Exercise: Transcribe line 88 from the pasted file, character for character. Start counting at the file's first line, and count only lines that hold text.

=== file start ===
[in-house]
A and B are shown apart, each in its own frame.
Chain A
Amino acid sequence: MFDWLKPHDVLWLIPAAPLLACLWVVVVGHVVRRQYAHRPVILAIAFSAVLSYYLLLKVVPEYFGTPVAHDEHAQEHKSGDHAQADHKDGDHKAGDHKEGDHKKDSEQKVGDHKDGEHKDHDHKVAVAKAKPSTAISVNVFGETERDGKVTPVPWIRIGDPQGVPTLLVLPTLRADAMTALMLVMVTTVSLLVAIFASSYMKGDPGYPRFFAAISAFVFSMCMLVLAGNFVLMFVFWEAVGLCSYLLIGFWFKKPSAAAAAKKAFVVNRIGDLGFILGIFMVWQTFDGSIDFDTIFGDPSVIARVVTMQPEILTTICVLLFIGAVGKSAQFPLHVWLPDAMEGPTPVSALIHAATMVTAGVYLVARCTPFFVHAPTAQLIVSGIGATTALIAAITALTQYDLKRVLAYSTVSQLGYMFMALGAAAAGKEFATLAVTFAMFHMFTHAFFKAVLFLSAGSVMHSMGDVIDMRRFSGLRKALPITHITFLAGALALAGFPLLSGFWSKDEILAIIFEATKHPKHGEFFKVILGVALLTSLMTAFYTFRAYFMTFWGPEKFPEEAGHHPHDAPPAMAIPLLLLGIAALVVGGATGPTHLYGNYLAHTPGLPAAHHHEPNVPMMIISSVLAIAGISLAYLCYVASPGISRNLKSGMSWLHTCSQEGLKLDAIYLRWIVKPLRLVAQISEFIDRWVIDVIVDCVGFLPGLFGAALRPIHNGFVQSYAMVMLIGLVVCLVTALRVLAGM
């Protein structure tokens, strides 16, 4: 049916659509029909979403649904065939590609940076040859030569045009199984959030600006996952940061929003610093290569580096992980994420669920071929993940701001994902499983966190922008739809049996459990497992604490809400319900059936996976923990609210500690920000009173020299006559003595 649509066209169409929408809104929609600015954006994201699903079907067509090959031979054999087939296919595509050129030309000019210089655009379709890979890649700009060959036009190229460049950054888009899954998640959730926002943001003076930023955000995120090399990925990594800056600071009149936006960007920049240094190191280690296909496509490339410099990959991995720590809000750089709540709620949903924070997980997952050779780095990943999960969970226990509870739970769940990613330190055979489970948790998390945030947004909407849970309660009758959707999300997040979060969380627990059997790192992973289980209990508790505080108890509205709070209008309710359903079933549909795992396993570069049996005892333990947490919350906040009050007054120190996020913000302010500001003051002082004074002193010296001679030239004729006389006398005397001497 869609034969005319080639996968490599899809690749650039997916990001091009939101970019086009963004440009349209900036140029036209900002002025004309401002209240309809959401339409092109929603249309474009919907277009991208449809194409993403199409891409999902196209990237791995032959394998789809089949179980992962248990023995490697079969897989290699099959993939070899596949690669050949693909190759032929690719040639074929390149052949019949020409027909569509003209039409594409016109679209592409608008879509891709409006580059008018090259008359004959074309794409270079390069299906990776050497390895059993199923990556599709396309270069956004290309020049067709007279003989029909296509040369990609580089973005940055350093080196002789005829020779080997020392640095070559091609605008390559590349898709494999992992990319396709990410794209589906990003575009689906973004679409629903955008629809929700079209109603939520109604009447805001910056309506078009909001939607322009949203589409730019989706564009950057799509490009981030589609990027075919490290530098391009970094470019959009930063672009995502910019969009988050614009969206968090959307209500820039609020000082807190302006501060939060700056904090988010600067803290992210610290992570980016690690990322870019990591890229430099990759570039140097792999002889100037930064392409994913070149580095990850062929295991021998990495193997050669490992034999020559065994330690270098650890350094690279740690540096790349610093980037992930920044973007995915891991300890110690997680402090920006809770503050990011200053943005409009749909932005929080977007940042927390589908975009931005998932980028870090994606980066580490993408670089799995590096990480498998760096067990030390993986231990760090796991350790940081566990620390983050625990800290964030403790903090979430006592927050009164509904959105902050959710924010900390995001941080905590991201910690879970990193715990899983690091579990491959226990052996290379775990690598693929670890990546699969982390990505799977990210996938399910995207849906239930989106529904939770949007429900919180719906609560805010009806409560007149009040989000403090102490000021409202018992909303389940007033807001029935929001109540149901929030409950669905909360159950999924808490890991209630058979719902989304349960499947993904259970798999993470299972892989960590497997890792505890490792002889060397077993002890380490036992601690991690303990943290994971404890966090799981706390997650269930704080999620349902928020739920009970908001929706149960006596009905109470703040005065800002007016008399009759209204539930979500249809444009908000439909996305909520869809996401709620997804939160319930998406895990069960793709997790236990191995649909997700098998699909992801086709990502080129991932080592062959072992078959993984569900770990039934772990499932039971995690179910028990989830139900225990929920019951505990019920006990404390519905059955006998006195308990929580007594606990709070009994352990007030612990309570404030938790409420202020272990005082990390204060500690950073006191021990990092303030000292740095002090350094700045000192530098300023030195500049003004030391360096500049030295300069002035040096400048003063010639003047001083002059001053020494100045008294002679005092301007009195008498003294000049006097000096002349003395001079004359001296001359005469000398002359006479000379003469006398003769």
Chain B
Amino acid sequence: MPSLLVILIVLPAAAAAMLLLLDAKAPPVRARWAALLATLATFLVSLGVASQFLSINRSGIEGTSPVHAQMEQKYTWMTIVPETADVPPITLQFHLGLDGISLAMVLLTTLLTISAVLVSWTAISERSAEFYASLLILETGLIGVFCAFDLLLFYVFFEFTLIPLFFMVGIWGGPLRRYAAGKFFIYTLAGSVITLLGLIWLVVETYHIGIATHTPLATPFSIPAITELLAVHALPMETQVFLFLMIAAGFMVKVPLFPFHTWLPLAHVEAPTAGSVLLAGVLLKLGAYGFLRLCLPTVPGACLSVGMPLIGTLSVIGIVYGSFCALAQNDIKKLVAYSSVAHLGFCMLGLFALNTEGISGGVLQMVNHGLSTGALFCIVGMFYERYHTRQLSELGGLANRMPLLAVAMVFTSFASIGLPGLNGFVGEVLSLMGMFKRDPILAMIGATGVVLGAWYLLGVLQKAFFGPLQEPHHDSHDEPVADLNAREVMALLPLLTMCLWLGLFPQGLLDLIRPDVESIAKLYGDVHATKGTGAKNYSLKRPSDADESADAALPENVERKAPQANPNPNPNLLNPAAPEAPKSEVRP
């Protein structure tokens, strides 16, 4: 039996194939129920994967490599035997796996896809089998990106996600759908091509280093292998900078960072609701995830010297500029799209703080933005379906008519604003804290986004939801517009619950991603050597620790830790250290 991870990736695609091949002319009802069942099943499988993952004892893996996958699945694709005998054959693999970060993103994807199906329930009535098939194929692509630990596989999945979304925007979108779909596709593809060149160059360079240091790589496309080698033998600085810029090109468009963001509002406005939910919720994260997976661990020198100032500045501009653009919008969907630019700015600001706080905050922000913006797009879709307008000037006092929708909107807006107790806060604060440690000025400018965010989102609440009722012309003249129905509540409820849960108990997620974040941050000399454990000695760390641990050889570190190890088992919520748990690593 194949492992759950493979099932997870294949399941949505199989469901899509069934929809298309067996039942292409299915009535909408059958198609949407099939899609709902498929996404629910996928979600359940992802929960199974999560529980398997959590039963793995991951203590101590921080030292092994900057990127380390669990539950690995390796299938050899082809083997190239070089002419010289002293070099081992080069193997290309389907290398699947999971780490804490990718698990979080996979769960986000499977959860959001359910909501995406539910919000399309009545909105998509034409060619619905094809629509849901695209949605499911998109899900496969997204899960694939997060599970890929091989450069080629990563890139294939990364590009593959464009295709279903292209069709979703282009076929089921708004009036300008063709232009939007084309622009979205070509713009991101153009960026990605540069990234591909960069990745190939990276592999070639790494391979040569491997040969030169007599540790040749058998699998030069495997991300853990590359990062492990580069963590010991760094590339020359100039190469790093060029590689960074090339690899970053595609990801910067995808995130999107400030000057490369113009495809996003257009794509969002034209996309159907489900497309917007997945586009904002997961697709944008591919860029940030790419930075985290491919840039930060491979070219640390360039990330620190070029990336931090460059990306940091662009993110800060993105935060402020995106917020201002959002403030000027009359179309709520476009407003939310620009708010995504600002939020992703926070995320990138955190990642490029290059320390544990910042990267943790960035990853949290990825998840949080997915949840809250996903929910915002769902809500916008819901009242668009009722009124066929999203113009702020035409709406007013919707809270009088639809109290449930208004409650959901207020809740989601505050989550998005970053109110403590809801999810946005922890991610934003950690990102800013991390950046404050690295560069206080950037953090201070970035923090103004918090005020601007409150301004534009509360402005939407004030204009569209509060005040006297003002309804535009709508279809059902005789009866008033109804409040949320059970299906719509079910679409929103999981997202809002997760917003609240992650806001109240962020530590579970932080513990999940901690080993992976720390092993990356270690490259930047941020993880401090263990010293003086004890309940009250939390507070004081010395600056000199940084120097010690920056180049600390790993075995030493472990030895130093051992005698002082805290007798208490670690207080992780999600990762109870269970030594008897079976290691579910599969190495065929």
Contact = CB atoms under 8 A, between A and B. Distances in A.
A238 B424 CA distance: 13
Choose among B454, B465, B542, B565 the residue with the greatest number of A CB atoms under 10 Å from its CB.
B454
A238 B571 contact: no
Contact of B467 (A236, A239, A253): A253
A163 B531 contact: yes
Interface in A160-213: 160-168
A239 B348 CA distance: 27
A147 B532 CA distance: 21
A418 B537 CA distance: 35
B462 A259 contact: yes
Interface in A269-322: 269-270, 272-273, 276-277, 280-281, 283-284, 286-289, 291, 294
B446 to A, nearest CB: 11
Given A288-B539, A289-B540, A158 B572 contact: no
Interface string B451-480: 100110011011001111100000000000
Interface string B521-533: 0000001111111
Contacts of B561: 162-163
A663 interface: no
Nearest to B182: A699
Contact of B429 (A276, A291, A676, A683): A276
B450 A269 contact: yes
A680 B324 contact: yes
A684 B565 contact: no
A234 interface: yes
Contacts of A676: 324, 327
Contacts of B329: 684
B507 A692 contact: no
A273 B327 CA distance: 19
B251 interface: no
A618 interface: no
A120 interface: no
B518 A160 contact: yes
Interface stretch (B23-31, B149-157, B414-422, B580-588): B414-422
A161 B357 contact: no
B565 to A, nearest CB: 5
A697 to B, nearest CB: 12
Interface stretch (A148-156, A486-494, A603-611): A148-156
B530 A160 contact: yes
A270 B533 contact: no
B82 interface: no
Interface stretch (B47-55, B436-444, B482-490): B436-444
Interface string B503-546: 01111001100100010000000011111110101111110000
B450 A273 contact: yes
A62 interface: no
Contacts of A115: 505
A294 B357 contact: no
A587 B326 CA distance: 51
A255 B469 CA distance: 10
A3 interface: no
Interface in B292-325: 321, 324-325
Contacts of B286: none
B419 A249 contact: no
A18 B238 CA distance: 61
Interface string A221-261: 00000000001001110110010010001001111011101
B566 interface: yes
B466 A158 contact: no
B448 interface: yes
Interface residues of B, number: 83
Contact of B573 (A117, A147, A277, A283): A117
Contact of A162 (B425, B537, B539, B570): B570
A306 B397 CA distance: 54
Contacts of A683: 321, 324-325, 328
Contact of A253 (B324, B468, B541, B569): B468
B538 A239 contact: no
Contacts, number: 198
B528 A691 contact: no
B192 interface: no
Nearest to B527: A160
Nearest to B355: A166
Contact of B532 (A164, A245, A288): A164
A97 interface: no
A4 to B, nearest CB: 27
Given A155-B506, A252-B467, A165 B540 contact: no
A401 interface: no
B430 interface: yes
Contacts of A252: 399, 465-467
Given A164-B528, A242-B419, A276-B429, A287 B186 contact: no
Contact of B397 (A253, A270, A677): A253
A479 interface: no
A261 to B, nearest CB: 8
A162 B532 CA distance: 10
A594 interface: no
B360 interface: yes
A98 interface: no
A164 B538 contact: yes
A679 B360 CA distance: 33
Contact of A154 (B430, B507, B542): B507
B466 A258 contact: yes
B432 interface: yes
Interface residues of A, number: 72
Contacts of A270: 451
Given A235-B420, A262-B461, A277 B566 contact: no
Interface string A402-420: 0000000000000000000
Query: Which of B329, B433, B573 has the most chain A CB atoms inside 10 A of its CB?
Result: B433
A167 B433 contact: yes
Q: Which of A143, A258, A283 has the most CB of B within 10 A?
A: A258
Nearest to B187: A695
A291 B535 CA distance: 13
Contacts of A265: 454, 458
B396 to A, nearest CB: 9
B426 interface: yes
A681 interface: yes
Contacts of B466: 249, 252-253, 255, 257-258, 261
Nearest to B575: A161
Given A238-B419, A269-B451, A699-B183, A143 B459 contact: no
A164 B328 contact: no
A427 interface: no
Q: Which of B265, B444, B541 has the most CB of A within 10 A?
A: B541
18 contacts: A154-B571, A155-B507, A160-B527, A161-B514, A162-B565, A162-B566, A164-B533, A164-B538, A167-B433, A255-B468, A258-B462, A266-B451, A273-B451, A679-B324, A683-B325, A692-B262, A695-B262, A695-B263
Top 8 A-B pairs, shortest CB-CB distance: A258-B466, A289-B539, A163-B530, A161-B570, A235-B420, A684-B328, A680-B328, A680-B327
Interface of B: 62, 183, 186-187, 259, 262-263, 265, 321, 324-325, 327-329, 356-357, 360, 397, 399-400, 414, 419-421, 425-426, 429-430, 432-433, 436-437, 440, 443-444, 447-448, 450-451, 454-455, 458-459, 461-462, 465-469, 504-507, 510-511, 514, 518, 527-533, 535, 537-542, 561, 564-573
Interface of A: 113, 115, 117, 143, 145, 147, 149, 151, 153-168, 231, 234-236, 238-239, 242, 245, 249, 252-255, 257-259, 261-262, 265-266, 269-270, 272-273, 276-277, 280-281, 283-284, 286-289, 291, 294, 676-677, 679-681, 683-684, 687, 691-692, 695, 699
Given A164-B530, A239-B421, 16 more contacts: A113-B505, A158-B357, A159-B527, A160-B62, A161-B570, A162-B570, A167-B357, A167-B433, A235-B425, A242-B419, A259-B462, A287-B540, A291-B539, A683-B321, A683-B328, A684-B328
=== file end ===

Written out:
A479 interface: no